IN THE drawing room of his Scottish mansion, Lord Dacre gazed out of the full-length windows as the estate workers trooped wearily home from that afternoon’s badger hunt. A nervous servant knocked on the door and then entered the room, bearing a telephone on a silver tray.
“Excuse me, My Lord, but there is a man from London who says he needs to speak to you urgently.”
Dacre put down his cup of cocoa, sighed, took the receiver and dismissed the minion with a waft of his tartan midge-swat.
“Yes?” he barked.
In the hallowed halls of Derry Street, the unfortunate newsroom executive who had drawn the short straw took a deep breath, thought of his loving wife and children at home in their six-bed detached with electric gates in Surbiton, and began the last conversation he might ever have as a national newspaper journalist.
“Sorry to disturb you on holiday, Sir, but things are getting a little hairy down here and we thought you ought to know. It seems that our entirely justified and factually accurate denunciation of the arch-Communist Ralph Miliband as an enemy of Britain hasn’t gone down too well with certain sectors of society. In fact, some people are very, very cross indeed.
“Alastair Campbell – remember, the chap who asked us for favours many, many times when it came to our coverage of Tony Blair – is causing an awful lot of fuss. There’s talk of an advertising boycott and a protest march. And it doesn’t help that that little shit Greig on the Sunday has gone and dropped an almighty bollock and Jonathan is having to pick up the pieces. Lady R is furious.
“And Twitter, oh Twitter. Every unfunny left-wing comedian, media commentator, political luvvie or two-bit hack is steaming into us. It’s a tidal wave of abuse. They’ve dug out all those old 1930s cuttings and there are pictures of Hitler and everything. It’s a national movement. What on earth shall we do?”
Lord Dacre leaned back in his Chippendale chair, glanced across to the meerkat-skinned blotter on his desk where his new, 12-month, million-pound contract lay, freshly-signed.
“Tell me,” he said to the quaking messenger. “What the fuck is Twitter? And why should I fucking care about it?”
And that, my friends, is the nub of the situation. The Daily Mail is one of the most successful newspapers in the world. In terms of identifying its potential market, and then ruthlessly pursuing that market, it has no peers. Its ginger-headed bastard step-brother, Mail Online, is raking in millions of pounds – or more probably dollars – with its daily diet of hypocritical smut. (Is it really true that some celebrities actually pay to appear in that Sidebar of Shame?)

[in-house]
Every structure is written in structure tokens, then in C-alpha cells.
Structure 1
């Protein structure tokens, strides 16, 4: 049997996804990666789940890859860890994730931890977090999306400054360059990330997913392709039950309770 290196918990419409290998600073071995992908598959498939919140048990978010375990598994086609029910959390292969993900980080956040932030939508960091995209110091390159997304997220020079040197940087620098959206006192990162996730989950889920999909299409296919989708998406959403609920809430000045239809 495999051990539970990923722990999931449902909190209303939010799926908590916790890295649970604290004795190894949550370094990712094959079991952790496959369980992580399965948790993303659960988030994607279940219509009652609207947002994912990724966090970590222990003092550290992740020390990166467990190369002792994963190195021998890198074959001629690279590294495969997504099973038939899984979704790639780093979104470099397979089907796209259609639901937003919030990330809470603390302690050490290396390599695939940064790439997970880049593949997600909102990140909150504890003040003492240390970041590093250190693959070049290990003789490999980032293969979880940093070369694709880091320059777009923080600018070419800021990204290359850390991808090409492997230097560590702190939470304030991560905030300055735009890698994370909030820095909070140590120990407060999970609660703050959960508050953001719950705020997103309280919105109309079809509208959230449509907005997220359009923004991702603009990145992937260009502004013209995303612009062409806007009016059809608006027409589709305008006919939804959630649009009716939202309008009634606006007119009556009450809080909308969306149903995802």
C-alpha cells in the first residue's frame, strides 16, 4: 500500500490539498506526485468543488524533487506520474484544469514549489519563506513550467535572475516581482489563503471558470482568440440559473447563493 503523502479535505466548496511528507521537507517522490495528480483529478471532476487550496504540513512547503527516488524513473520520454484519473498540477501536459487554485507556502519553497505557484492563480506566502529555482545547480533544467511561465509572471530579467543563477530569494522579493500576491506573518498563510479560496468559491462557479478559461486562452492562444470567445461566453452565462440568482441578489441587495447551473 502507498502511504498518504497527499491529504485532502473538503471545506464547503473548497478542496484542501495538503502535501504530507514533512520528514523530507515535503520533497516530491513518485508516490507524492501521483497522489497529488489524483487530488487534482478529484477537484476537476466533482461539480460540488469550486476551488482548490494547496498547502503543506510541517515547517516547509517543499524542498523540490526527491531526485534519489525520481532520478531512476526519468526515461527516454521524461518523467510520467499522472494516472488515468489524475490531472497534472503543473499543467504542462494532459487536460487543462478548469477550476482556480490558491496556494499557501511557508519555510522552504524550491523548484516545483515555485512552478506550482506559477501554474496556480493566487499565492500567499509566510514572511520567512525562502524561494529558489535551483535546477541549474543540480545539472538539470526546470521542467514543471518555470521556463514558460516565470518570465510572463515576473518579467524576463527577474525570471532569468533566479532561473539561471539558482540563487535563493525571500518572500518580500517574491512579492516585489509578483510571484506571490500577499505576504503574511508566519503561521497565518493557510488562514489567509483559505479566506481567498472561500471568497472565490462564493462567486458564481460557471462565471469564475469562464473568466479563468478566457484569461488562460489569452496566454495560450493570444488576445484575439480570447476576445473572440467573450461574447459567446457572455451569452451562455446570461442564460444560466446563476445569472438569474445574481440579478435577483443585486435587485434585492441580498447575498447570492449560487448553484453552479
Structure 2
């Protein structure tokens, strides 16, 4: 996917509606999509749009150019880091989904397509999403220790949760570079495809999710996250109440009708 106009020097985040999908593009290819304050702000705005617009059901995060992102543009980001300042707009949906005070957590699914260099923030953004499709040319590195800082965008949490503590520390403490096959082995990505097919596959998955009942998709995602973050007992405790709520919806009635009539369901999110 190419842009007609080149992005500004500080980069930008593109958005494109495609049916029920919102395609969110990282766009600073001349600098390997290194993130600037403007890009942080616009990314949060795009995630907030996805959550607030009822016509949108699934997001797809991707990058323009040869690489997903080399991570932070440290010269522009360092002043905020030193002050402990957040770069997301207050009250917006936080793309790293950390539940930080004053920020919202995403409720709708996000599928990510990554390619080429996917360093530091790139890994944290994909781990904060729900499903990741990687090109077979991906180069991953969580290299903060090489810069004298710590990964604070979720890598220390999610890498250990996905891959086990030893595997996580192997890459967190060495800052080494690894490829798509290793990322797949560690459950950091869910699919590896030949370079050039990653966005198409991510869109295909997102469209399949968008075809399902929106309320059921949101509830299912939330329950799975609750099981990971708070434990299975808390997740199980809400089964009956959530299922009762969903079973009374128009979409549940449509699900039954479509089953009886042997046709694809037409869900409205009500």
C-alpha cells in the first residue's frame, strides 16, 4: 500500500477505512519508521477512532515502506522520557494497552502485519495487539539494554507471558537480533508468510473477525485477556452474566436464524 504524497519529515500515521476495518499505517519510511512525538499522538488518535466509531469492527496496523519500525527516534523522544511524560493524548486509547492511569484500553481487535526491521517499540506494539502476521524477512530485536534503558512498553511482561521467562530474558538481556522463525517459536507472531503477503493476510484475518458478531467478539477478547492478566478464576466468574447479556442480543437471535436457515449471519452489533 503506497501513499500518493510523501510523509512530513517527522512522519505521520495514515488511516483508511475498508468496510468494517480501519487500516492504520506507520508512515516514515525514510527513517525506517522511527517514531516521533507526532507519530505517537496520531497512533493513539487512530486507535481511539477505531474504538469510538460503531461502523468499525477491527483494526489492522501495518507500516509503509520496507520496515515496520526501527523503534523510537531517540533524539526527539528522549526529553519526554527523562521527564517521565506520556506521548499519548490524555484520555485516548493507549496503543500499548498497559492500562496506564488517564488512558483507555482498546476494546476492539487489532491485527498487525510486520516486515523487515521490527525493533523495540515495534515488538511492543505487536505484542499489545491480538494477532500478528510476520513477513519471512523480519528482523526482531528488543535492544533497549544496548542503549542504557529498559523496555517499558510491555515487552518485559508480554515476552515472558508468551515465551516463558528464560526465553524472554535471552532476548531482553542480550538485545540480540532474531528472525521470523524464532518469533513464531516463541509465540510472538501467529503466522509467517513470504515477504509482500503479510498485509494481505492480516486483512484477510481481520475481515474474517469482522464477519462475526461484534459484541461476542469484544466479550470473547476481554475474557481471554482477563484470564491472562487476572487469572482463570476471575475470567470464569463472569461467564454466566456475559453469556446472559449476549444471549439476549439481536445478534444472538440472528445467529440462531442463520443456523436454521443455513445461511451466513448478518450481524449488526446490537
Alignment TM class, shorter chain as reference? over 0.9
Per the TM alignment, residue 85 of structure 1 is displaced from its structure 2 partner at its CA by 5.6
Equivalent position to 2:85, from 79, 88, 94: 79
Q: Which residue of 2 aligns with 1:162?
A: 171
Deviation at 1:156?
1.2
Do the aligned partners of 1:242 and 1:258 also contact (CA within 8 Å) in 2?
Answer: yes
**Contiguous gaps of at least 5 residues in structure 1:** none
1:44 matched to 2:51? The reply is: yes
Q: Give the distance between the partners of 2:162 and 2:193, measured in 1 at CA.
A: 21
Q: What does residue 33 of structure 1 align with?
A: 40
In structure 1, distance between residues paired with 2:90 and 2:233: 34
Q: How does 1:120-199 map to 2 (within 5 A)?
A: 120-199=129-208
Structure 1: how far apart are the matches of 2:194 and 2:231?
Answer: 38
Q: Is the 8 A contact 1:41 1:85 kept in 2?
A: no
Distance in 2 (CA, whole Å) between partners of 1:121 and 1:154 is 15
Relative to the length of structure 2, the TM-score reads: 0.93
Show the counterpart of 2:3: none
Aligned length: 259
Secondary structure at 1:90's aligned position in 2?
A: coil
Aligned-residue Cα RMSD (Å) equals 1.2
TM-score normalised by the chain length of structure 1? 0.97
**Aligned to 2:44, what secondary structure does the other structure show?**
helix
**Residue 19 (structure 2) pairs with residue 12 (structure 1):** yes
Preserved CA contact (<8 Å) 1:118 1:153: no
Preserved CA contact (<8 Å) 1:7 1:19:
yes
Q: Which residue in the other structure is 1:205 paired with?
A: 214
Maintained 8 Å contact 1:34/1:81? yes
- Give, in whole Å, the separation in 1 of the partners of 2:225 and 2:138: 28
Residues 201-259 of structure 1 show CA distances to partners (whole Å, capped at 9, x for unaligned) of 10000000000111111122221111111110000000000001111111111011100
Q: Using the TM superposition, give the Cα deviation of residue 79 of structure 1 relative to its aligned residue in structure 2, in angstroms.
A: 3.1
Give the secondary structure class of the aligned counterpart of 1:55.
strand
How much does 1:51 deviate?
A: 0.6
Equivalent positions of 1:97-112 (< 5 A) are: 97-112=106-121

A publishing juggernaut of this magnitude will not – and should not – be deflected by a few literate, media-savvy, self-righteous tossers. It is what it is. If you don’t like it, don’t buy it – millions of ordinary people still will. And don’t link to its website when you’re whining about the latest so-called outrage. Remember that the freedom of the press doesn’t just apply to those newspapers of which you approve.
(Incidentally, Mirror editor Lloyd Embley seemed very pleased with his pastiche spread mocking the Mail. Perhaps he ought to read up on the history of his own newspaper and its similarly unseemly dalliance with the Blackshirts.)
And as for those journalists who have happily been emailing Sainsbury’s, Tesco, Morrisons and M&S asking them to boycott the Mail group in a move that could cost innocent colleagues their jobs further down the line? Your names have been taken, you treacherous bastards.
The Grey Cardigan has been in newspapers since the days of hot metal and expense accounts. After a lengthy career as chief sub on several regional newspapers, plus a multitude of shifts on the nationals, he was appointed editor of the Evening Beast in 2009 before being ignominiously 'rationalised' last year. He is currently collecting gas in jam jars in case the Russians cut us off. @thegreycardigan